Social and Emotional Learning
The structure Mrs. Hope has created for reaching all TNCS students in various ways is very well thought out and executed, but how is she putting all of this into practice?
Suffice to say, she has been busy. She created a social-emotional learning (SEL) calendar for every grade level with monthly themed topics, for example. This month, because it’s a short one, we are doing gratitude across the board,” she explained. “It’s going to look different in each classroom. For 7th and 8th grade, it’s looking at the physical, mental, social, and spiritual effects of gratitude on the body (see the slide show they’ve been studying from here). With younger kids, it’s exploring the power of saying, ‘thank you’. Teachers are implementing these conversations in their morning circle time, core classes, hallway transitions, lunch, and so on, all across the board.” Mrs. Hope is trying to make it easy for teachers to implement and reinforce these mini-lessons anywhere. “The message that I’m conveying twice a month has to be reiterated by teachers, who are with their students 85% of the time, or else it’s not going to stick.” Younger students work on things like respecting physical space.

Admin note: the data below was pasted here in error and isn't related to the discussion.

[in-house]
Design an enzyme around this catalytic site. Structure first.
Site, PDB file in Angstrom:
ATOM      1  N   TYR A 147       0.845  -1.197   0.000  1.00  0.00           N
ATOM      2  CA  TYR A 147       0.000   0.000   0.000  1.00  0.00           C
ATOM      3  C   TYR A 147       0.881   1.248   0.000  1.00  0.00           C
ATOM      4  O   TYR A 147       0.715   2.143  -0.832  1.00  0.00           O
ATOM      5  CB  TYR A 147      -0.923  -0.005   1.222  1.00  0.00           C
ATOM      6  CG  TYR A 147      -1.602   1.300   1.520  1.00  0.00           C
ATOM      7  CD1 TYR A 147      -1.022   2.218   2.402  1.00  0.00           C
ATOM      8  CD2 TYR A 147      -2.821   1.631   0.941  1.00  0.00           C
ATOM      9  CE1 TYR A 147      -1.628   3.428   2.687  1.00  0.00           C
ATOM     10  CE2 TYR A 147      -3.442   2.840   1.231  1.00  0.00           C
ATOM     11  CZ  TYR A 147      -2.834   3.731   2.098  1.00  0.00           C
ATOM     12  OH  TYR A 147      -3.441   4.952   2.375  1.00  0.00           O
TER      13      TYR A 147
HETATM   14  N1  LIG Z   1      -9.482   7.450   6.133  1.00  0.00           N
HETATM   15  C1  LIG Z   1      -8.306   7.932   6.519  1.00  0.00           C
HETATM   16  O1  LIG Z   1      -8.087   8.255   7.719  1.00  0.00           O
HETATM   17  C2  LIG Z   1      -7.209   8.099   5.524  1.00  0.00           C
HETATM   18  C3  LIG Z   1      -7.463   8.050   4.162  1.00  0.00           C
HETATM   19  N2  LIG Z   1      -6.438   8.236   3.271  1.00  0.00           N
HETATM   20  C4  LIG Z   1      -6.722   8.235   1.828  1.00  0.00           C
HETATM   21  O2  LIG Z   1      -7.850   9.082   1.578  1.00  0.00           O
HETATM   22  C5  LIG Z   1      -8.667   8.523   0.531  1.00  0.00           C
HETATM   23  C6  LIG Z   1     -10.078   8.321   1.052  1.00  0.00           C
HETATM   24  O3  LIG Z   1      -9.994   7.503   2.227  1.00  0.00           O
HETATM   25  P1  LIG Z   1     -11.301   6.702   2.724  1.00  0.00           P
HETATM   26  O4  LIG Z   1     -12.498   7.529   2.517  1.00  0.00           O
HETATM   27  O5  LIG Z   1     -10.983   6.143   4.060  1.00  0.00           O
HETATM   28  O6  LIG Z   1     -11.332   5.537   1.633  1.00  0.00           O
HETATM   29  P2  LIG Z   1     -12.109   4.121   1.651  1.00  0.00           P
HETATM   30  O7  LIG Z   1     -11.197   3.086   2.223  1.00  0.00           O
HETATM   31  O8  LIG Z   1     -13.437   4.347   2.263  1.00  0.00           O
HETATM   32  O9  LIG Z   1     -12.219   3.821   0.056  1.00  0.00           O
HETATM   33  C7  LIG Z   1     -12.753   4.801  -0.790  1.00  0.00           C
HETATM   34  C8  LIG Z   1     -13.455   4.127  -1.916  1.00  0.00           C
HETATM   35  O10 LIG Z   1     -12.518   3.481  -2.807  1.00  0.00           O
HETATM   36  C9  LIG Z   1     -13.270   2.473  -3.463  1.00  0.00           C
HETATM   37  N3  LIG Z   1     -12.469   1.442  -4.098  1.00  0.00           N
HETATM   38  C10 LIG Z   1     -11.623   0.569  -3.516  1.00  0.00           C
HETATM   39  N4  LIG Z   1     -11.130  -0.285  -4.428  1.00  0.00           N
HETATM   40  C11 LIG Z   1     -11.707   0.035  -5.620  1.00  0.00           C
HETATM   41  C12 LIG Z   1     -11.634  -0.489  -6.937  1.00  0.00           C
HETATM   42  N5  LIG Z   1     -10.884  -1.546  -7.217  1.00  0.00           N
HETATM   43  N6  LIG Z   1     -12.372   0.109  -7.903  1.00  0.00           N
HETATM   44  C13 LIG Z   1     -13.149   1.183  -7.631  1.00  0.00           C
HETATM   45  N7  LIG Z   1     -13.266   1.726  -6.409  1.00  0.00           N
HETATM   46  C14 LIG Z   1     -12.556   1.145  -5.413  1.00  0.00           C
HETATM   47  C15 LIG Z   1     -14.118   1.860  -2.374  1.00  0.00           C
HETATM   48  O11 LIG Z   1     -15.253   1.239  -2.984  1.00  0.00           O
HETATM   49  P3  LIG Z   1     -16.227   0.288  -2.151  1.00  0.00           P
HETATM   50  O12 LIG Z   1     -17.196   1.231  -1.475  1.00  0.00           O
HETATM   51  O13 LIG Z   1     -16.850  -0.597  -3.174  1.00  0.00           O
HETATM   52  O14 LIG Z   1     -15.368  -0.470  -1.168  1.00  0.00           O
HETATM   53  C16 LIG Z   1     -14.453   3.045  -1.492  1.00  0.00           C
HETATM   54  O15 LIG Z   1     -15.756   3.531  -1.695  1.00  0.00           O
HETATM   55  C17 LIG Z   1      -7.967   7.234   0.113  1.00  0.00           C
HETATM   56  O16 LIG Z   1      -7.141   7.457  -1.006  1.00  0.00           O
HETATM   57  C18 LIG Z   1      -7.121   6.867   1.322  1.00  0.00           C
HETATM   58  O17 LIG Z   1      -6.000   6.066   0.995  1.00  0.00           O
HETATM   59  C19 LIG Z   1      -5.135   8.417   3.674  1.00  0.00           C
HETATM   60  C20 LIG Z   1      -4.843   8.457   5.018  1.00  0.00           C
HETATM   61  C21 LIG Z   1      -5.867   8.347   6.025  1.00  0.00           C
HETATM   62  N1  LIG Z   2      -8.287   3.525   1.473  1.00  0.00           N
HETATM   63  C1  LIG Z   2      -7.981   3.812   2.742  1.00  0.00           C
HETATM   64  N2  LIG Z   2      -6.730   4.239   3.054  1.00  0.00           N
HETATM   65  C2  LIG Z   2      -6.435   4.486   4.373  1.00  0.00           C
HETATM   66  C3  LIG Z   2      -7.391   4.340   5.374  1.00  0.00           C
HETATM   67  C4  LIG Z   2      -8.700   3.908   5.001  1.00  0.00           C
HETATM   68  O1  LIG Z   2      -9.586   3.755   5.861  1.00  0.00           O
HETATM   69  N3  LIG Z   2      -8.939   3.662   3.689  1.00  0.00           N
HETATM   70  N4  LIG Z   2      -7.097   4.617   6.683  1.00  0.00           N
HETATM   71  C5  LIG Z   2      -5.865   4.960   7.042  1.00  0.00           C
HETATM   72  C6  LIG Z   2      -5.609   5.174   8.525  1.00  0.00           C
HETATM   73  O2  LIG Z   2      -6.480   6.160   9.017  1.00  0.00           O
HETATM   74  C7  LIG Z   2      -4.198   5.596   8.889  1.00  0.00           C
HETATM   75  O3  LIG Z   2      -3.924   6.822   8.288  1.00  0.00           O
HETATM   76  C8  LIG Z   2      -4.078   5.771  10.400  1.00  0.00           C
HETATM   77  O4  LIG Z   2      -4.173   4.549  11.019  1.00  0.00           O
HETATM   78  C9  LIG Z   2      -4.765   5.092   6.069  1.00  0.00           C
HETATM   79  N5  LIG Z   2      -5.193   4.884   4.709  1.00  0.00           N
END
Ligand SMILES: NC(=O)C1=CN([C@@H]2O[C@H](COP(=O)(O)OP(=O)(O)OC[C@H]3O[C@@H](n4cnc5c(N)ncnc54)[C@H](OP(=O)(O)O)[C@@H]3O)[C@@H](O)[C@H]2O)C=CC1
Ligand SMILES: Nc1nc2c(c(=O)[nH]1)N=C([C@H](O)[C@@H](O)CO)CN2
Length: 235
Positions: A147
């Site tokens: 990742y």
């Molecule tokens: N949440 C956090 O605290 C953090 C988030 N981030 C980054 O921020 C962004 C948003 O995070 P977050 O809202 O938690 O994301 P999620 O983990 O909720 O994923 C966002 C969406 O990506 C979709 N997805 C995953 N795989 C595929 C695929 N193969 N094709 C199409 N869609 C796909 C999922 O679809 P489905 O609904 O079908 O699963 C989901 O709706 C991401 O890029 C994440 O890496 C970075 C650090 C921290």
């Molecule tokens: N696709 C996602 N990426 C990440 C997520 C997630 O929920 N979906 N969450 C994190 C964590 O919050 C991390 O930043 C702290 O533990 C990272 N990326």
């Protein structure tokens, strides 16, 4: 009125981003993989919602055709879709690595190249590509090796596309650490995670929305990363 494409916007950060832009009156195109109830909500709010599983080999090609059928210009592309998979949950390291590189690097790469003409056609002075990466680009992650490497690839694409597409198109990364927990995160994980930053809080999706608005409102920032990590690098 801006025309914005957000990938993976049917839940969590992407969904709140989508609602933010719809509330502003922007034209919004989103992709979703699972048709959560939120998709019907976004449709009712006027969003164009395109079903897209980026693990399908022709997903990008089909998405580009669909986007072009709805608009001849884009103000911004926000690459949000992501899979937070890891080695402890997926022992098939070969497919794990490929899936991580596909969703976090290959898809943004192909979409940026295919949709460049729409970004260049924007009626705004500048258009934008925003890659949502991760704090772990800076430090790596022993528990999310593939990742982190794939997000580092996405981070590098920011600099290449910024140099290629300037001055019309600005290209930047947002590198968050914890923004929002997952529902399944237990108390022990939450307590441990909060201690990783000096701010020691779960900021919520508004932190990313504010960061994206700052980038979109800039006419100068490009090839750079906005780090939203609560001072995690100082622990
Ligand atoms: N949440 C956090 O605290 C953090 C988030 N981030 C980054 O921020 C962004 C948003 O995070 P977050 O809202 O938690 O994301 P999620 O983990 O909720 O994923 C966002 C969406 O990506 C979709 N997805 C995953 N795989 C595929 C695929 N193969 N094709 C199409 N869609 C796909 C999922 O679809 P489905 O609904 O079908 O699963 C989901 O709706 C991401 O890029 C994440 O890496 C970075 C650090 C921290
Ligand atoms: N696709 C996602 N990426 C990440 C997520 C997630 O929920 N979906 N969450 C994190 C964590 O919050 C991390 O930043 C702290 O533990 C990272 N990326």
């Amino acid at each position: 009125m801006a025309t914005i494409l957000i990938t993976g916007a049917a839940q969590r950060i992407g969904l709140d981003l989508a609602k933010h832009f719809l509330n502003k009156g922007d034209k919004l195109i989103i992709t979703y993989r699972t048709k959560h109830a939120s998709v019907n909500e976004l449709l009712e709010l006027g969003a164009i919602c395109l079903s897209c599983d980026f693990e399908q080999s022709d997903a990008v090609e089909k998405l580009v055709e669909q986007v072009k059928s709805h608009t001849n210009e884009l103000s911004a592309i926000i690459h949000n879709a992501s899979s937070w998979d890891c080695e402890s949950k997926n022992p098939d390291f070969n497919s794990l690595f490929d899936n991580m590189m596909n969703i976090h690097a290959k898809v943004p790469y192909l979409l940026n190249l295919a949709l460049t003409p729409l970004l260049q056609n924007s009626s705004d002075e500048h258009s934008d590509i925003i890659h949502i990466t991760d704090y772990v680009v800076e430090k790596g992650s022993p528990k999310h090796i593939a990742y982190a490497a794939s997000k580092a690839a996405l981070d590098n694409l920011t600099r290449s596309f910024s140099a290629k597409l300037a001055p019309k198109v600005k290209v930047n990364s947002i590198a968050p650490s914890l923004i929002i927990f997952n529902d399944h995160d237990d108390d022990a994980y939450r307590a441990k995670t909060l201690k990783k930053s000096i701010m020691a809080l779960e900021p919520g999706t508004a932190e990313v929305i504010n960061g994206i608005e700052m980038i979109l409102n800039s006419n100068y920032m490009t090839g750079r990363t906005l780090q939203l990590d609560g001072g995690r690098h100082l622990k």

In the 7th- and 8th-grade classroom, discussions about social media have been foremost. “As you may know,” wrote Mrs. Hope in an email to parents, “there is a worrying correlation between screen time and depressive symptoms, particularly amongst teens. Ms. Sussman and I are spending the month of November discussing all things social media with your children—the pros, the cons, and the in betweens. We would love your partnership in this conversation and in your attention to your child’s weekly screen time.”
After watching a TEDx talk by a social media expert, Bailey Parnell, students shared that they appreciated how honest and realistic she was, particularly about how important social media is many peoples’ lives and how it all comes down to how it’s used. “Learning about and talking about these topics allows us to make informed and intentional decisions. Parnell called this, ‘practicing safe social,’ which, yes, a few students chuckled at,” said Mrs. Hope.